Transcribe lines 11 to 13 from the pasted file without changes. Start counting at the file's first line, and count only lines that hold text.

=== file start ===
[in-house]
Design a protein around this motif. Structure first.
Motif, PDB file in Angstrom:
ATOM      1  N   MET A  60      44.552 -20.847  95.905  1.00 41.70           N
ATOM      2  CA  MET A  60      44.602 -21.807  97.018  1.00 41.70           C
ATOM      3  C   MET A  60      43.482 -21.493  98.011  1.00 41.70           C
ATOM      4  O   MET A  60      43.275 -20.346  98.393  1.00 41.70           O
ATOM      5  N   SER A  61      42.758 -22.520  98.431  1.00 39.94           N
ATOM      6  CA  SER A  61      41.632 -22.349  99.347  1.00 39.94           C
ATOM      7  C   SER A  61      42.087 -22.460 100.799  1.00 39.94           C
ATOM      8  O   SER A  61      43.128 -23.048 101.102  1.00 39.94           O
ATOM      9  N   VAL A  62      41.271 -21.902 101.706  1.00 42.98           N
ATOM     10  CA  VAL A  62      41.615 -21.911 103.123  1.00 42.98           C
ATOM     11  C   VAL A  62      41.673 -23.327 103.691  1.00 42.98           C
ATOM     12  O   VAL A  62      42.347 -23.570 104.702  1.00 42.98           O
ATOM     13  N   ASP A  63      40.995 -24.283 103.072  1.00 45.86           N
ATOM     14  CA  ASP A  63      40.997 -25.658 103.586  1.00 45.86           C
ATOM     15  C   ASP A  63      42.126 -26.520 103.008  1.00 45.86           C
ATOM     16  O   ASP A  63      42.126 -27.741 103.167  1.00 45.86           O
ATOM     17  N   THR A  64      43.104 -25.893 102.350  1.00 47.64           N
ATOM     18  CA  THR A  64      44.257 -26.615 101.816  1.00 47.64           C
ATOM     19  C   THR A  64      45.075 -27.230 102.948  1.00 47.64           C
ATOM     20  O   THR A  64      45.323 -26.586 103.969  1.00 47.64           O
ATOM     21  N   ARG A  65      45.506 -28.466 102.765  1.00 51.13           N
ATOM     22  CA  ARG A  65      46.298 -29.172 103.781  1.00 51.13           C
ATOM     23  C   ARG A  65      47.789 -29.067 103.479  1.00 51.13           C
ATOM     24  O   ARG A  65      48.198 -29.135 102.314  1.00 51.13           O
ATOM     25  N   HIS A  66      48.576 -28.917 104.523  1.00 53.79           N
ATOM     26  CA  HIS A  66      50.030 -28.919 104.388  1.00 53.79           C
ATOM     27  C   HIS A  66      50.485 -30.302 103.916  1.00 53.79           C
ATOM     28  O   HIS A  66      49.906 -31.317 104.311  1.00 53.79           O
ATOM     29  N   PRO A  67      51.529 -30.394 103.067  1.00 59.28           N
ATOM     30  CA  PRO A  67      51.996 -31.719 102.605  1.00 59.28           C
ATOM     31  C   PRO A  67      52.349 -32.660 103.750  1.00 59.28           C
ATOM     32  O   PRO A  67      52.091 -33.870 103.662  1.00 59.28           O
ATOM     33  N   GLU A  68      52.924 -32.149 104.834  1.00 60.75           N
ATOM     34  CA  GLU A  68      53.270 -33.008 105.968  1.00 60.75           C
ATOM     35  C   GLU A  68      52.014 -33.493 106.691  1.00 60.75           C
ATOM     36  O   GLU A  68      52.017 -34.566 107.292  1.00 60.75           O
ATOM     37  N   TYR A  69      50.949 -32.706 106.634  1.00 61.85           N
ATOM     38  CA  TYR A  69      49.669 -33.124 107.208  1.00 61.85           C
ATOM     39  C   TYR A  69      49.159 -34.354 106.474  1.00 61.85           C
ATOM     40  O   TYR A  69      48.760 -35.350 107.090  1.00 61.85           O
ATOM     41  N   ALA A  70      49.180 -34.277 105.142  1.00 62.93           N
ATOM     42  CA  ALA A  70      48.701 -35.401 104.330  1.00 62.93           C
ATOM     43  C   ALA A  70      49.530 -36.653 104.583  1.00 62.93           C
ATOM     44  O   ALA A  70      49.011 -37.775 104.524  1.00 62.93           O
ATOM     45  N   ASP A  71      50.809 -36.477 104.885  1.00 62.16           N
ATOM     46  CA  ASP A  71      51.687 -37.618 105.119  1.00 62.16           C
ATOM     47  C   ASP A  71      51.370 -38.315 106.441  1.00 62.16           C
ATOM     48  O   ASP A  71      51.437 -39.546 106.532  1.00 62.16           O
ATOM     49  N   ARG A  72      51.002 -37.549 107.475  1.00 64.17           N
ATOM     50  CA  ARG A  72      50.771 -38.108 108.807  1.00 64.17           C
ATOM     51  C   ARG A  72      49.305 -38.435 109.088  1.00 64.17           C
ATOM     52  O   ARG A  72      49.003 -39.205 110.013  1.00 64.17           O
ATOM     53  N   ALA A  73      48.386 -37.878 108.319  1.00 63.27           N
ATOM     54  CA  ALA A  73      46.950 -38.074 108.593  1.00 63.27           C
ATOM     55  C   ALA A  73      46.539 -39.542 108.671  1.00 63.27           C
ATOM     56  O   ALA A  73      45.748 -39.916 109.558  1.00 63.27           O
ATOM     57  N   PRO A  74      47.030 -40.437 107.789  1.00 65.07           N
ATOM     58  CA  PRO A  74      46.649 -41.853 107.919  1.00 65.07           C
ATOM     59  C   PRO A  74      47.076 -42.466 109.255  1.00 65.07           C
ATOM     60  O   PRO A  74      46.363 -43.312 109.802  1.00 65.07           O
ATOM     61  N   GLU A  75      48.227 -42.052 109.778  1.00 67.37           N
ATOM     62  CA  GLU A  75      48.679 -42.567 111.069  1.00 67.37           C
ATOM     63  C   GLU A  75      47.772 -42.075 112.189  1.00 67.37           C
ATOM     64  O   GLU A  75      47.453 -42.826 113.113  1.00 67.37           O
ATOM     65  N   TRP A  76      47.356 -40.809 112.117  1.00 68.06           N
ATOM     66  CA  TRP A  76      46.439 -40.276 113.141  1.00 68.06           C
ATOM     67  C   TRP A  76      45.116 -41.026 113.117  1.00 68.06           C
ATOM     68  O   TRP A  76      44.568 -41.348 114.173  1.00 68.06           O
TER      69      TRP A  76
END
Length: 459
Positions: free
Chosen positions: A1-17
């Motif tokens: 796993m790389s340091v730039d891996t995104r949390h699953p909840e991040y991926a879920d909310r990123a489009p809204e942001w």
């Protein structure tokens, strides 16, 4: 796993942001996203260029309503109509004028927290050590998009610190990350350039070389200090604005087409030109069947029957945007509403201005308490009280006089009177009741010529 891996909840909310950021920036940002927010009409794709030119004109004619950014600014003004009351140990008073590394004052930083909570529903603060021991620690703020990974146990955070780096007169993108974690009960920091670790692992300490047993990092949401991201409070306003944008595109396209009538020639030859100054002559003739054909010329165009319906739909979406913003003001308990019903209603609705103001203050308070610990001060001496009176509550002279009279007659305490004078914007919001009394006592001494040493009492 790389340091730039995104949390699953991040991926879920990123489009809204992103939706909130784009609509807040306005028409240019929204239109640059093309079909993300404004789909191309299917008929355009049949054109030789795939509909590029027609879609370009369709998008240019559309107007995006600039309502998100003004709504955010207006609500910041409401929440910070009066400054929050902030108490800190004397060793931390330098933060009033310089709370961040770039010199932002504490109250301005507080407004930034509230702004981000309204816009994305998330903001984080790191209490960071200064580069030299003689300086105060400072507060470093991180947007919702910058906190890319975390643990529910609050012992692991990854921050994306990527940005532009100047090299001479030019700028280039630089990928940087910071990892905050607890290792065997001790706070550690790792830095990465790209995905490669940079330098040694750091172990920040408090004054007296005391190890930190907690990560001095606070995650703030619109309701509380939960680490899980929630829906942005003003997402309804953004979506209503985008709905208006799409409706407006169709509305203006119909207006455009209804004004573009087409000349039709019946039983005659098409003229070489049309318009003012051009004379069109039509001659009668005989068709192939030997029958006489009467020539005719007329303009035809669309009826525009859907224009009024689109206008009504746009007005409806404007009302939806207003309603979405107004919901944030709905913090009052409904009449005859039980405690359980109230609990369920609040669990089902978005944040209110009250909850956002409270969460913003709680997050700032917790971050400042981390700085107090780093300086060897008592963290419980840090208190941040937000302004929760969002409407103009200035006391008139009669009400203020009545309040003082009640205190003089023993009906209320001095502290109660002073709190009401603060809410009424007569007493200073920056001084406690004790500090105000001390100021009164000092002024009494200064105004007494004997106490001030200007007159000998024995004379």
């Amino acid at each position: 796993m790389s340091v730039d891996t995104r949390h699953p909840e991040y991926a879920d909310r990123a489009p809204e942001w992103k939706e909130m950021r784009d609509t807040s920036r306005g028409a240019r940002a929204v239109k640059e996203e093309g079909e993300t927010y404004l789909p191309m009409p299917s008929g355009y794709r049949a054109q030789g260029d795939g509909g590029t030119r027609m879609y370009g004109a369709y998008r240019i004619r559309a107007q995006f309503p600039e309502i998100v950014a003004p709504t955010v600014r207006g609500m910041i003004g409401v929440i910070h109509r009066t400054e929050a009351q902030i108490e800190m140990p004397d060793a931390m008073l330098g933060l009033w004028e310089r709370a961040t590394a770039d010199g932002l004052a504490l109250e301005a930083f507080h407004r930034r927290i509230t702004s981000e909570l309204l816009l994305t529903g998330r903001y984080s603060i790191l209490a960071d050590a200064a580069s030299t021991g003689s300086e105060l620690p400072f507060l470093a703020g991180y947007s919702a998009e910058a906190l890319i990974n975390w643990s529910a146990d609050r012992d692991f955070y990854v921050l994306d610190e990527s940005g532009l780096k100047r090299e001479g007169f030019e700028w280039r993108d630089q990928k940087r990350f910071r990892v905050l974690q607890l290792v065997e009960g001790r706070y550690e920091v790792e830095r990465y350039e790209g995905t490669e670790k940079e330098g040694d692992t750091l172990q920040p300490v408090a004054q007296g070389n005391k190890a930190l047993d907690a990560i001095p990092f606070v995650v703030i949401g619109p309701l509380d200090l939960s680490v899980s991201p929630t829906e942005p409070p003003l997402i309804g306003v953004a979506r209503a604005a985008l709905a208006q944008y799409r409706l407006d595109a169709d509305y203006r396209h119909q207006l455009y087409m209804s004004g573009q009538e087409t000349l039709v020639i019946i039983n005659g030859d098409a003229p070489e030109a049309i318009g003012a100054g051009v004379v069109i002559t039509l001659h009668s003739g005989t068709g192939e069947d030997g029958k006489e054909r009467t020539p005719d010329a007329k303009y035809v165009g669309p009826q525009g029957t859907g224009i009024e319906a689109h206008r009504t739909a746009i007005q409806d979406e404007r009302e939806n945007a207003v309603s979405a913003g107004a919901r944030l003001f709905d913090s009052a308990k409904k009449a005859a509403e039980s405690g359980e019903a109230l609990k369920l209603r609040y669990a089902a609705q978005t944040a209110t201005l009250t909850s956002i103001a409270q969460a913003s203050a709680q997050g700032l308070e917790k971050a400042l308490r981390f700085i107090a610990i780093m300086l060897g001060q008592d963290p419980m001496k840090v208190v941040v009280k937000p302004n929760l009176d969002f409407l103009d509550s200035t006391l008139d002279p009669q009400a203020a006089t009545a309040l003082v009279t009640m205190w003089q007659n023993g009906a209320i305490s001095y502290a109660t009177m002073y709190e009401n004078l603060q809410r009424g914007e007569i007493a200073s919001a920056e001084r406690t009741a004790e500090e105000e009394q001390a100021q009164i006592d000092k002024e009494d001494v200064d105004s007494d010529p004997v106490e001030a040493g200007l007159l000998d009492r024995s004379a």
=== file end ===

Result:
ATOM      8  O   SER A  61      43.128 -23.048 101.102  1.00 39.94           O
ATOM      9  N   VAL A  62      41.271 -21.902 101.706  1.00 42.98           N
ATOM     10  CA  VAL A  62      41.615 -21.911 103.123  1.00 42.98           C